Daniel Grosslight -- SVB Leerink -- Analyst

Got it? Thank you.

Operator

Thank you. And our next question will come from the line of Stephanie Demko from Citi.

Stephanie Demko -- Citi -- Analyst

Hey, guys, thank you for taking my question. With the idea there's nothing you can do to change the internal systems at your payer clients are there any investments you can make on your end in the COB business to help make your claims submissions more digestible for some of these payers?

Bill Lucia -- Chairman, President, and Chief Executive Officer

Actually our claims submissions are more digestible for these payers than probably anyone who attempts to compete with us because 90-plus percent -- 95% of the claims we send to a third party is electronic. That doesn't mean they process them electronically. We do know that some carriers take our electronic file and then print them to paper because their system can't adjudicate a Medicaid reclamation claim. So there's not a lot we can do. I mean we do work very very closely and arm in arm with the large PBMs and the large payers to make sure that whatever we send them is as easy for them to process as possible. Unfortunately they still have processing issues. And as Jeff said one of the areas that we spent temporary labor on this quarter was the fact that a large PBM could not handle our verification transactions so we needed to have people manually do that work. So -- but we're very very accommodating work with payers all the time to see what we can do to help them in that process. And then there are some payers that just at the end of the day cannot and will not process these claims but legally are required to and we end up doing negotiated settlements. And those take a while. They can move from quarter-to-quarter. But at any given time we have 2 or 3 payer settlements that we're working on.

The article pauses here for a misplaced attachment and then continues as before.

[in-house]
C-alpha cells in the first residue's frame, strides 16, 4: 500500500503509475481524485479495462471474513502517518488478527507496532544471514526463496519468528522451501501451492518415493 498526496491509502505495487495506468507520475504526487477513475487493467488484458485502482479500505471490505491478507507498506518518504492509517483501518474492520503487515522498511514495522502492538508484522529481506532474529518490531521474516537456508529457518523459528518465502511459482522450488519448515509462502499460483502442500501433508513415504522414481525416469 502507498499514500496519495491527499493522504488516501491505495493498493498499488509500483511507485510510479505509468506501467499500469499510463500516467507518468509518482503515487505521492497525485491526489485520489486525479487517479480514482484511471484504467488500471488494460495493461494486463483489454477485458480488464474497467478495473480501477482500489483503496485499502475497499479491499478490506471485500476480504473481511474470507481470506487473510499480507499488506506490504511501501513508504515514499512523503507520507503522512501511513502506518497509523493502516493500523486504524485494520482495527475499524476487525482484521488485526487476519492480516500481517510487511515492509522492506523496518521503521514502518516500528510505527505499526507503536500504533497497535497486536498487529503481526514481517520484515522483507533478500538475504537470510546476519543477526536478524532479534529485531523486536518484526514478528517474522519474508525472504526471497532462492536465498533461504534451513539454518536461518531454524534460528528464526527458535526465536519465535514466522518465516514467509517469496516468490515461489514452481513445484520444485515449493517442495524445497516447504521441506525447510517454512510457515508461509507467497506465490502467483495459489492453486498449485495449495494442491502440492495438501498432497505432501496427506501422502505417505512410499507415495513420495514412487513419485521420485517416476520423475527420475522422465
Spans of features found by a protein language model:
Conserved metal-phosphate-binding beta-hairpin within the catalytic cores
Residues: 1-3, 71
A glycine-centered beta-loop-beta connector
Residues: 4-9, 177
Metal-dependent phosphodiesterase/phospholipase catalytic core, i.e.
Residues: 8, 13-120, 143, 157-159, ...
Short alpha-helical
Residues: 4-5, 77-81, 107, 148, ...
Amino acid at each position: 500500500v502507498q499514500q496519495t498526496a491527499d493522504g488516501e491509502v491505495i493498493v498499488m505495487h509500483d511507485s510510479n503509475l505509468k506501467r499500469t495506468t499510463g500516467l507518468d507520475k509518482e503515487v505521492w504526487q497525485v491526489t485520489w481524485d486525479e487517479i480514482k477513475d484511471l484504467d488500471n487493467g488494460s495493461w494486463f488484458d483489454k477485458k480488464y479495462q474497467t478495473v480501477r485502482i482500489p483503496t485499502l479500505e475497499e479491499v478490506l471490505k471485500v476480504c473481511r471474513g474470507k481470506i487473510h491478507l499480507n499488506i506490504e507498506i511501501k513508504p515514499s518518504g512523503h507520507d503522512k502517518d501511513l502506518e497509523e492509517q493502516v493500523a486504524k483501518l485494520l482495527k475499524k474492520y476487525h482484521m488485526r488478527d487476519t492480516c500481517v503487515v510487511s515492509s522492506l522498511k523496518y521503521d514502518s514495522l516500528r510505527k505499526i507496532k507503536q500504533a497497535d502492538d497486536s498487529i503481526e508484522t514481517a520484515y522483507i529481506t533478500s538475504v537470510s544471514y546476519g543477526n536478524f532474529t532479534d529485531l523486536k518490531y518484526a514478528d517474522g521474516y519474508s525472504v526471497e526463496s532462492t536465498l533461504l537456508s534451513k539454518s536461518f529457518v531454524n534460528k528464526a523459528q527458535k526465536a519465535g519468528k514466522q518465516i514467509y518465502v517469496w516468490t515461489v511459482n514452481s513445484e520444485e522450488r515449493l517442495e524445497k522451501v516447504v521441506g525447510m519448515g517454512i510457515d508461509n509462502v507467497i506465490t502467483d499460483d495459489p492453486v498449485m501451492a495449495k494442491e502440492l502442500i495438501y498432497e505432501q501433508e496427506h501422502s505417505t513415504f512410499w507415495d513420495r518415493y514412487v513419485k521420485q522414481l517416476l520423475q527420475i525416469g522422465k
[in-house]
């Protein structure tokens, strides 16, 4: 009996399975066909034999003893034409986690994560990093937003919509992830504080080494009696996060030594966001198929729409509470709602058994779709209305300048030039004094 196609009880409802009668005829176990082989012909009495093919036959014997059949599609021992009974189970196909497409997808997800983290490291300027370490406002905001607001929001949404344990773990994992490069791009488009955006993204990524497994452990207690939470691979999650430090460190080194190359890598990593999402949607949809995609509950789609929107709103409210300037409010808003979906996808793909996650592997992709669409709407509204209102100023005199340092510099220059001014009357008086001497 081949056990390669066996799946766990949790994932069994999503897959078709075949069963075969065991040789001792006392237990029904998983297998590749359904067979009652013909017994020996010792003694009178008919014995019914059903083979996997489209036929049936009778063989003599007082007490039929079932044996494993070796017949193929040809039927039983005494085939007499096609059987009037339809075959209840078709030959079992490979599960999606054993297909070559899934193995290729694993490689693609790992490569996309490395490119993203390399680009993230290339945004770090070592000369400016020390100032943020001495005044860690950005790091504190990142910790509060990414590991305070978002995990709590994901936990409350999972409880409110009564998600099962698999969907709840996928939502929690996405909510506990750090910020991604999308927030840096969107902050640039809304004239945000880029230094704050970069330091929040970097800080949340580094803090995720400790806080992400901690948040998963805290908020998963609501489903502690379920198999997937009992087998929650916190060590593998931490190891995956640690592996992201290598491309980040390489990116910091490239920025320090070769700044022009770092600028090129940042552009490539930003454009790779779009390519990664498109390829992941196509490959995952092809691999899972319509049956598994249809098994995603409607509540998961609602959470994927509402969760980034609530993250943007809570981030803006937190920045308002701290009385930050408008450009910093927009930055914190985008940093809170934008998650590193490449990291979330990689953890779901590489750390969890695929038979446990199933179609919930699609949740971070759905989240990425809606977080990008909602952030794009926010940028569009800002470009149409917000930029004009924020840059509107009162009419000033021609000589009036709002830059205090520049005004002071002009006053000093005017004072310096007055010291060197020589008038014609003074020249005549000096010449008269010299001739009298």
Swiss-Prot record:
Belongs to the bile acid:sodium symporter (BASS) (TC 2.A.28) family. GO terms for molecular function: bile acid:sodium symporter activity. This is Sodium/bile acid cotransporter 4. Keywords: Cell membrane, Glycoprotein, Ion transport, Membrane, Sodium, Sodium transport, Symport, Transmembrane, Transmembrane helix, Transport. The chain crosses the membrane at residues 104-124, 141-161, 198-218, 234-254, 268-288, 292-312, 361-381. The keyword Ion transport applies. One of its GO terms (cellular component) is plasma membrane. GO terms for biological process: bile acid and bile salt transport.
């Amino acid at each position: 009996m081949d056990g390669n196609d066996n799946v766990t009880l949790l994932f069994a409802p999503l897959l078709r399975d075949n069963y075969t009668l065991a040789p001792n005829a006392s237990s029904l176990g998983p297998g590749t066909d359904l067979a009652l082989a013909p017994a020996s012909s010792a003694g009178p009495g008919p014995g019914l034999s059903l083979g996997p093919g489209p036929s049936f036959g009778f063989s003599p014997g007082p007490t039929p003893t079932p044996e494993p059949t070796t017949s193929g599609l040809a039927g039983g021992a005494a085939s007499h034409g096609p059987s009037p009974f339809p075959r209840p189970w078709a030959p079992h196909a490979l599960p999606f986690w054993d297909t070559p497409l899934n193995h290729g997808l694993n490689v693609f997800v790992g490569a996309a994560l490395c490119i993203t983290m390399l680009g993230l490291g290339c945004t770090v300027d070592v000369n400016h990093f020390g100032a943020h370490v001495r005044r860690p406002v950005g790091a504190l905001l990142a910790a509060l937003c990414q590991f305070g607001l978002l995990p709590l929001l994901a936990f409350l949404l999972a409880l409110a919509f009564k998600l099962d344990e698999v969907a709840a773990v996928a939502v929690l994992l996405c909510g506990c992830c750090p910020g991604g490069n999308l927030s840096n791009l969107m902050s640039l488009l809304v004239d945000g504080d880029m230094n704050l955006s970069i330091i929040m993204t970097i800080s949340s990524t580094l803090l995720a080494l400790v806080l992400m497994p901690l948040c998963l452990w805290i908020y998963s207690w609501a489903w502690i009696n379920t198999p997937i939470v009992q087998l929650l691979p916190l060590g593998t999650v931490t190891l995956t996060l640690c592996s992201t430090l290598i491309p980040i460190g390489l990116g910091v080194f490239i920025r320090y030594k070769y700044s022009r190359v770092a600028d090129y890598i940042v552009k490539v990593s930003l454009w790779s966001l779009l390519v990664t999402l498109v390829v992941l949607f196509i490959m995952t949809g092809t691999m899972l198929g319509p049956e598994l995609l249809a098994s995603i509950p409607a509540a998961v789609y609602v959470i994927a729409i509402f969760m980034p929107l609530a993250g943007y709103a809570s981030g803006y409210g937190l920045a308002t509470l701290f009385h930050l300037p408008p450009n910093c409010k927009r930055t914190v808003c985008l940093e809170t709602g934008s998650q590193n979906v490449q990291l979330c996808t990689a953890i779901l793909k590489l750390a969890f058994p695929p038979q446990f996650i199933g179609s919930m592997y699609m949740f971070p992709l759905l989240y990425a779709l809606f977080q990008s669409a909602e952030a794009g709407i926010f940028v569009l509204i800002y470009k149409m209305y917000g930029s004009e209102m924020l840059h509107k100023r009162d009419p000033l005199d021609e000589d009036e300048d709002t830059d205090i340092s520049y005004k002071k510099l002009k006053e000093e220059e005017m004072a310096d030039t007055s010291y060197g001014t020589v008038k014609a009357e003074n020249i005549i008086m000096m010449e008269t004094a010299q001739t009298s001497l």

Stephanie Demko -- Citi -- Analyst

Understood. And does that cause some of the lumpiness then in the business?

Bill Lucia -- Chairman, President, and Chief Executive Officer

Could you repeat that question?

Stephanie Demko -- Citi -- Analyst

For the -- just a quick follow up on that one. When you talk about payer settlements is that why we will see some lumpiness in the business outside of just this claims volume?

Bill Lucia -- Chairman, President, and Chief Executive Officer

It's part of it yes. I mean we could anticipate in any given quarter that we're closing 2 or 3 settlements. And they don't close because of various reasons. The actuarial department doesn't like the claims sample we sent them. We send them a new claims sample. We're negotiating back and forth. And we're doing it on behalf of our client right? So we get the state involved in the negotiation. We get the -- potentially the health -- Medicaid health plan involved. But I just -- I kind of want to reiterate for everybody this is not a new phenomena. I mean this is something -- again having done this work of course on a much larger scale now but for 40 years we've seen this. And harking back to third quarter 2017 same set of challenges that we talked about and we rebound in Q4. So I think it's a -- look you can't compare our COB business with anybody else. So I know it's difficult to say "Gee can we extrapolate a trend from this?" You really can't. We're the experts in this space and we've seen this before and we know how to overcome it. So it's just a process that is part of the business.